Gonzales, J. L., Jr.
Author Affiliation :
Dept. Sociology, California State Univ., Hayward, California, USA.
Mexican and Mexican American farm workers.
pp.xix + 216pp.
The study, based on a survey of farm workers in California, demolishes the simplistic image of the typical farm labourer as either the Mexican-American migrant following the crops from state to state or the illegal alien from Mexico constantly dodging government authorities. What emerges instead is a complex portrait, which emphasizes the considerable diversity of circumstances and aspirations of those who produce California's agricultural harvest. This diversity is underlined through the development of an elaborate, multi-dimensional typology of the agricultural labour force. One dimension is commitment to agricultural work as a full-time occupation, distinguishing: the 'professionals' who have year-long and lifetime attachments, the 'semiprofessionals' the 'amateurs' and the 'dilettantes', whose commitments, as the names imply, are increasingly more tenuous. A second dimension is legal status. Even the 'illegals' are not a homogenous category. Undocumented Mexican nationals include 'border jumpers' who leave Mexico daily for jobs in the USA, returning home each night; 'adventurers' who come for longer periods and reside on the growers' property; 'innovators' who migrate as a family and follow the crops from one area to another; and 'climbers' who work for the same employer for long periods of time, year after year, in order to improve the status of the families they have left behind. Legal Mexican nationals also include a variety of types: 'commuters', 'opportunists', and 'loyalists', each with their distinctive social characteristics and motivations. The research concentrates on the 'professionals', who in a sense form the real backbone of the agricultural industry in California today. They are not rootless migrants, but rather are stable family men who work for the same employer year after year, sometimes even becoming socially integrated into the Spanish-speaking communities in the agricultural valleys of California. They are highly skilled agriculturalists who understand the nuances of crops and farming techniques and can operate and repair a variety of farm equipment.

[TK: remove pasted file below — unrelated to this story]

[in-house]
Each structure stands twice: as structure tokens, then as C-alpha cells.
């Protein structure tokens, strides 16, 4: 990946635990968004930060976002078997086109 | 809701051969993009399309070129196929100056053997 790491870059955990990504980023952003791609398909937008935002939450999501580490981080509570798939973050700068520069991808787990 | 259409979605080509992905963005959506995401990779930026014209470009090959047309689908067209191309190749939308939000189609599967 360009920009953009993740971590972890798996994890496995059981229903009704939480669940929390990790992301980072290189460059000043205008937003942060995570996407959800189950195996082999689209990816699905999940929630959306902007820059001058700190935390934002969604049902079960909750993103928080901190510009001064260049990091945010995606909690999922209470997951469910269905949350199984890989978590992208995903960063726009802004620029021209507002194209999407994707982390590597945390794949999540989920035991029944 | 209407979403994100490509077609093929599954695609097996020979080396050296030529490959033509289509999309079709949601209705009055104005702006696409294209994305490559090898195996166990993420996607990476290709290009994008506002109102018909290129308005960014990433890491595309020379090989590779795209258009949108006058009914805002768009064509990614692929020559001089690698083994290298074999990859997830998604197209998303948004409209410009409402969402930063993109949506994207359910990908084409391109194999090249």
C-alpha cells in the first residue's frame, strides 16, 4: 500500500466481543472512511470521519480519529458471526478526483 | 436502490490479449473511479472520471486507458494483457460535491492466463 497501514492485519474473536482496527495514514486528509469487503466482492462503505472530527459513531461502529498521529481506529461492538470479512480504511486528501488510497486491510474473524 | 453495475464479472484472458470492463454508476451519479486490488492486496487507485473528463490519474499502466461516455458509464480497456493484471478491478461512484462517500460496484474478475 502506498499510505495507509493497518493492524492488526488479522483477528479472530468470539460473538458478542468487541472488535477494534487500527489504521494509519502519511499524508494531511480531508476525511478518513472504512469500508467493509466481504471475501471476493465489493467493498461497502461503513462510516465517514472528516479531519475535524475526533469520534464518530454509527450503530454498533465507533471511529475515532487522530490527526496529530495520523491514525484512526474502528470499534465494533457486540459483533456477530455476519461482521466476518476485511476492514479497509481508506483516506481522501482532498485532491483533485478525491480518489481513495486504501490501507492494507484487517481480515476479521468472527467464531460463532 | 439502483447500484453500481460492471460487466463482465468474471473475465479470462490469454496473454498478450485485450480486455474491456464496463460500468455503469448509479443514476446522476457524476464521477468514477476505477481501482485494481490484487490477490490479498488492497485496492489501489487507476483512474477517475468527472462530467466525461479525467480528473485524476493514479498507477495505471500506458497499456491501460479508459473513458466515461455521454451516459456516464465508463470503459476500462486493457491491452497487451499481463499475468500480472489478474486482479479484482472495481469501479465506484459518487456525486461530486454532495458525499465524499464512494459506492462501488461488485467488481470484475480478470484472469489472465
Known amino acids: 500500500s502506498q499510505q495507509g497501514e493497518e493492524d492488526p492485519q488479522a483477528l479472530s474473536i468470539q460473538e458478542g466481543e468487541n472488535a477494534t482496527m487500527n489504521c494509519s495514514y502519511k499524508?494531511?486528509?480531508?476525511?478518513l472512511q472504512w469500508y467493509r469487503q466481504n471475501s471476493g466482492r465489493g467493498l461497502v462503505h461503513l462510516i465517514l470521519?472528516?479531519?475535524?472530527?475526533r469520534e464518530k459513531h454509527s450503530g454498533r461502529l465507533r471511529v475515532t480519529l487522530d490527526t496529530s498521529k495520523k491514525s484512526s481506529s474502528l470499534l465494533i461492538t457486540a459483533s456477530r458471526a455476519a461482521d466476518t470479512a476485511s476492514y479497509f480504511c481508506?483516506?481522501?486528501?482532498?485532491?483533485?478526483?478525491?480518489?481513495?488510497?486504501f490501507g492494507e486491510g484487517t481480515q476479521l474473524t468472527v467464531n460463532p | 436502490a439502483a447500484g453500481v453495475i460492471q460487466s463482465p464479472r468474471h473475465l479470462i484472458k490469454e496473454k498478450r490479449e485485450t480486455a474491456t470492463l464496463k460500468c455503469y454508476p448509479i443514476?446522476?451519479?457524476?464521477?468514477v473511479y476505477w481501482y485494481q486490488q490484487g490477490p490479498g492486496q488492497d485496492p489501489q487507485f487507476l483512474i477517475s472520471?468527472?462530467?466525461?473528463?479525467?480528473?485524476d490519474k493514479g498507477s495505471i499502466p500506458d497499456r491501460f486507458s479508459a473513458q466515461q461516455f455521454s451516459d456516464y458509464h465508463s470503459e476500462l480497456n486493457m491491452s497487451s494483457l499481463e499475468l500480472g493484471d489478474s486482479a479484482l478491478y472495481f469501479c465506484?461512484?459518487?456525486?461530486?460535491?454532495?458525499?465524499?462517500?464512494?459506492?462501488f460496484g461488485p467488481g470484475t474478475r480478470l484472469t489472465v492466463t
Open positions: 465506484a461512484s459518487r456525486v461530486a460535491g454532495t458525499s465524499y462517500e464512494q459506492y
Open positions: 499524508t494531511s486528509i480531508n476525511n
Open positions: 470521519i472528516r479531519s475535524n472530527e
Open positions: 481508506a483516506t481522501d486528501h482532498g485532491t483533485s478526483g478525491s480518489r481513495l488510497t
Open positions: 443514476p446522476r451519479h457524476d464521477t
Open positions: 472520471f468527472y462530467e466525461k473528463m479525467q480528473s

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Indexing terms for this abstract:
farm families, farm workers, Migrant labour
foreign workers, migrant labor, United States of America
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Pacific States of USA, Western States of USA, USA, APEC countries, Developed Countries, North America, America, OECD Countries